"The network congestion issue in eastern USA, affecting Google Cloud, G Suite, and YouTube has been resolved for all affected users as of 4:00 p.m. Pacific," according to a Google Cloud status dashboard. "We will conduct an internal investigation of this issue and make appropriate improvements to our systems to help prevent or minimize future recurrence. We will provide a detailed report of this incident once we have completed our internal investigation. This detailed report will contain information regarding SLA credits."

FREE DAILY NEWSLETTER

Like this story? Subscribe to FierceTelecom!

The Telecom industry is an ever-changing world where big ideas come along daily. Our subscribers rely on FierceTelecom as their must-read source for the latest news, analysis and data on the intersection of telecom and media. Sign up today to get telecom news and updates delivered to your inbox and read on the go.

Other than "network congestion," Google Cloud hasn't provided additional details on what caused the widespread outage across its own sites, including YouTube, Nest and Gmail, and social media sites such as Snapchat, Vimeo and Discord.

Whether the outage was due to a network congestion issue or a large distributed denial-of-service attack along the Eastern seaboard, it's still a black eye for Google, and a lesson to some of its customers that putting all of your eggs in one cloud provider's basket isn't a good practice.

The outage also comes on the heels of last week's news that the U.S. Department of Justice is reportedly preparing an antitrust probe against Alphabet subsidiary Google, according to The Wall Street Journal.

RELATED: Google Cloud sees uptick in deals greater than $100M

Aside of social media apps being down, the outage meant that some of Google's Nest customers couldn't use their Nest thermostats, Nest smart locks, and Nest cameras, according to Twitter posts on Google Nest.

Monitoring company ThousandEyes confirmed Monday morning that the outage was likely caused by network congestion, and that the issues rippled across the globe.

Source: Thousandeyes

"We started seeing elevated packet loss in Google's network as early as 12 p.m. PT between sites on the eastern U.S., including Ashburn, Atlanta and Chicago, and various Google-hosted services," a company spokesman said in an email to FierceTelecom. "These issues started to impact users globally approximately 20 minutes prior to their public announcement of the issue, showing an early indication of what was to come. For the majority of the duration of the 4-plus hour outage, ThousandEyes detected 100% packet loss for certain Google services from 249 of our global vantage points in 170 cities around the world. Starting at around 3:30 p.m. PT, we started to see services slowly become reachable again, and the issue appeared to fully resolve by 4:45 p.m. PT."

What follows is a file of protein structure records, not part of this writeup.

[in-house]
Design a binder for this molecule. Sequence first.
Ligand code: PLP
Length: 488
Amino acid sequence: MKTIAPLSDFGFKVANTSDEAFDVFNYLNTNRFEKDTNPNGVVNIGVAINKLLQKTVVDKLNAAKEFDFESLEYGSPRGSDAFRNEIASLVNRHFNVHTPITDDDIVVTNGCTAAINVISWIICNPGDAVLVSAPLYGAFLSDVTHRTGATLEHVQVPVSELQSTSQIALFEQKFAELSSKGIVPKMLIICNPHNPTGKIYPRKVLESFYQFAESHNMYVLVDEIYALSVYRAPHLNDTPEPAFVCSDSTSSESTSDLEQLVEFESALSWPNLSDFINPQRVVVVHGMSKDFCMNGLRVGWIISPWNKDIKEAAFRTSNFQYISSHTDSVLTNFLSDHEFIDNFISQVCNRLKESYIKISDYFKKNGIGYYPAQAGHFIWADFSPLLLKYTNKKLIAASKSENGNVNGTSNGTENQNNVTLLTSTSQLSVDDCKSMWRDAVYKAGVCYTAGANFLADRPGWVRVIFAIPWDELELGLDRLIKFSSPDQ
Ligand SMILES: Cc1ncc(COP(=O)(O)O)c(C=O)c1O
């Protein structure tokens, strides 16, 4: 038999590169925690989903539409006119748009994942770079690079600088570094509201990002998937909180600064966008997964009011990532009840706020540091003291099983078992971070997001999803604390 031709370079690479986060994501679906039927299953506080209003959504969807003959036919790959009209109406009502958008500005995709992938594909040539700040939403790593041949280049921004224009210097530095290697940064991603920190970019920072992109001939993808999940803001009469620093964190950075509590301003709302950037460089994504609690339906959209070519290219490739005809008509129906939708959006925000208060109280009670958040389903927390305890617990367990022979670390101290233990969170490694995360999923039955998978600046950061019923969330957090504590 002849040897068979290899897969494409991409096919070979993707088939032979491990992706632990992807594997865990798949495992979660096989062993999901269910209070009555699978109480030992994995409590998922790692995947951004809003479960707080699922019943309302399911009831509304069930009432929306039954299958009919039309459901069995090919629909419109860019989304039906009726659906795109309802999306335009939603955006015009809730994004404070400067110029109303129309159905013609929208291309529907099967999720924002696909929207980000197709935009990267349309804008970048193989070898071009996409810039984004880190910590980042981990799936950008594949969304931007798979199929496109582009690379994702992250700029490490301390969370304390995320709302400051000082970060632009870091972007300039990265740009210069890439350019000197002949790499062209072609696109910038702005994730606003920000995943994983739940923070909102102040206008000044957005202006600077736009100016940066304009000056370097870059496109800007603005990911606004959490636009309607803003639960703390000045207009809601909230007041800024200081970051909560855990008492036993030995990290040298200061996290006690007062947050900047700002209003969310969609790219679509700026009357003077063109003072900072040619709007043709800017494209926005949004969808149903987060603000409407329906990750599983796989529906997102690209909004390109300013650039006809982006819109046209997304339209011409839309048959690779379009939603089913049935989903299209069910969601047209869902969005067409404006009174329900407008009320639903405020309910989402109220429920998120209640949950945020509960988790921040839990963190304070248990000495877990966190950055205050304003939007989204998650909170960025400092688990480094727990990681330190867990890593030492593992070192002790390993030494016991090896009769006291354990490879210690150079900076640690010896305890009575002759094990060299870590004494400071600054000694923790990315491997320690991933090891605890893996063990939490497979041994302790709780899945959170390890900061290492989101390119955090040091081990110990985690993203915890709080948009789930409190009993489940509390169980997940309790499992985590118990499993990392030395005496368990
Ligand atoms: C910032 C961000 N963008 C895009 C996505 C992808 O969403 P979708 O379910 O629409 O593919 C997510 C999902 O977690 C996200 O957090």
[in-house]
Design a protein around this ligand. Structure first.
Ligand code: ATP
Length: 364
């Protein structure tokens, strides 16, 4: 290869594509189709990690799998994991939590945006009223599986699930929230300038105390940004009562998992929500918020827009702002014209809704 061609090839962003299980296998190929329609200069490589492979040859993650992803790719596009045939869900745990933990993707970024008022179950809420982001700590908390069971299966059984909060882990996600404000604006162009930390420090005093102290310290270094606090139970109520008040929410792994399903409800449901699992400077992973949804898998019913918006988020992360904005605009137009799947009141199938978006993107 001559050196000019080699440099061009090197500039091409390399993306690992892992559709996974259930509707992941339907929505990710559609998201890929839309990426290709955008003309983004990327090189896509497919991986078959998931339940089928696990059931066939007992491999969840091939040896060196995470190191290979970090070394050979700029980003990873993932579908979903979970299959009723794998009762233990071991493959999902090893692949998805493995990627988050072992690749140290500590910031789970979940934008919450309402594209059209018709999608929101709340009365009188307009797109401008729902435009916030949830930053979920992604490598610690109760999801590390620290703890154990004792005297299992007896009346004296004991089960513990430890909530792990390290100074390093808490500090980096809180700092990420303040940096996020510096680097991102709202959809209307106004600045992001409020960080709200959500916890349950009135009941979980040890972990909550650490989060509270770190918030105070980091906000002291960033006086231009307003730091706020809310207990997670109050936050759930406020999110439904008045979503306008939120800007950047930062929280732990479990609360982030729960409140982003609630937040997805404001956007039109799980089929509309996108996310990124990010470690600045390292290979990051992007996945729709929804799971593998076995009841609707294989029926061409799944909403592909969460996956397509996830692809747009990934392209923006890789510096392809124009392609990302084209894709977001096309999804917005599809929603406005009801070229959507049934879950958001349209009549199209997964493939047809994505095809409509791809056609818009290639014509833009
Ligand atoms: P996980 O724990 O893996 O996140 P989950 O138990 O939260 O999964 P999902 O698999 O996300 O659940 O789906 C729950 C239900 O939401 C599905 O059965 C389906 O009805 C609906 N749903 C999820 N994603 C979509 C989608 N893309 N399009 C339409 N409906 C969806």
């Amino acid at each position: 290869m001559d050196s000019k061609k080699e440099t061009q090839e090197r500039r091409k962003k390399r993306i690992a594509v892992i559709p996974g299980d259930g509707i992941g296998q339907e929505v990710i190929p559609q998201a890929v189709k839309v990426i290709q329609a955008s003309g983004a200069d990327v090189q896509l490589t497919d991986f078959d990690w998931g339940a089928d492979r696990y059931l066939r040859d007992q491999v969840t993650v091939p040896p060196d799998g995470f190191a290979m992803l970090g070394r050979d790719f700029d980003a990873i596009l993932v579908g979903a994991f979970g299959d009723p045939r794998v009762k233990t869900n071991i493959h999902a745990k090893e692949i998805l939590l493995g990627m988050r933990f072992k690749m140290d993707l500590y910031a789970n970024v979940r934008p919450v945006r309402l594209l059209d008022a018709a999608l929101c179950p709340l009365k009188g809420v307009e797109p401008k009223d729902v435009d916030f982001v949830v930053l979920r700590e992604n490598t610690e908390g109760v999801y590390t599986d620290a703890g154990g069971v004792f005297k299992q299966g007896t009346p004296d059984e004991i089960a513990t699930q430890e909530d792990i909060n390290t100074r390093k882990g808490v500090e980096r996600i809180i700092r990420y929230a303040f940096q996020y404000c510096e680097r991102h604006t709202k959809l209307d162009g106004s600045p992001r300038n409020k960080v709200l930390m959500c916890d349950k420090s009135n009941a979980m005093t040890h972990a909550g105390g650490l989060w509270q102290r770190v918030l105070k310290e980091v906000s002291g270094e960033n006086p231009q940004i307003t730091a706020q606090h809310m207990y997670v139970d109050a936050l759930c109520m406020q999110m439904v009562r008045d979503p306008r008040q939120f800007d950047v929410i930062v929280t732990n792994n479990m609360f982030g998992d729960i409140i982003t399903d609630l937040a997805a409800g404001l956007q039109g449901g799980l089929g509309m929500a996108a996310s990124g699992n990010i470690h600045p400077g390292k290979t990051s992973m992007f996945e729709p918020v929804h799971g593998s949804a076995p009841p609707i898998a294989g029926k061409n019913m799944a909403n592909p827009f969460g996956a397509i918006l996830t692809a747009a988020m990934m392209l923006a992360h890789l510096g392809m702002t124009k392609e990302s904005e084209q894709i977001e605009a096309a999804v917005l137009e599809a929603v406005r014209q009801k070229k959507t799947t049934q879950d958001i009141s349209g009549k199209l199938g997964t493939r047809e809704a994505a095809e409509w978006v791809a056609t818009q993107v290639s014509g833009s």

Google first announced on Sunday that it was experiencing multi-region issues with Google Compute Engine. At 9:25 a.m. PT, Google reported "high levels of network congestion in the eastern USA, affecting multiple services in Google Cloud, G Suite and YouTube. Users may see slow performance or intermittent errors," the company said in a statement around 3 p.m. PT. "We believe we have identified the root cause of the congestion and expect to return to normal service shortly."

Google announcement that the issues had been resolved appeared around 5 p.m. PT on Sunday.  

Google has been down this road before. In November it lost control of several million of its IP addresses for more than hour, which impacted its search engine and other outside services, according to Ars Technica.

No comments:

Post a Comment

Note: Only a member of this blog may post a comment.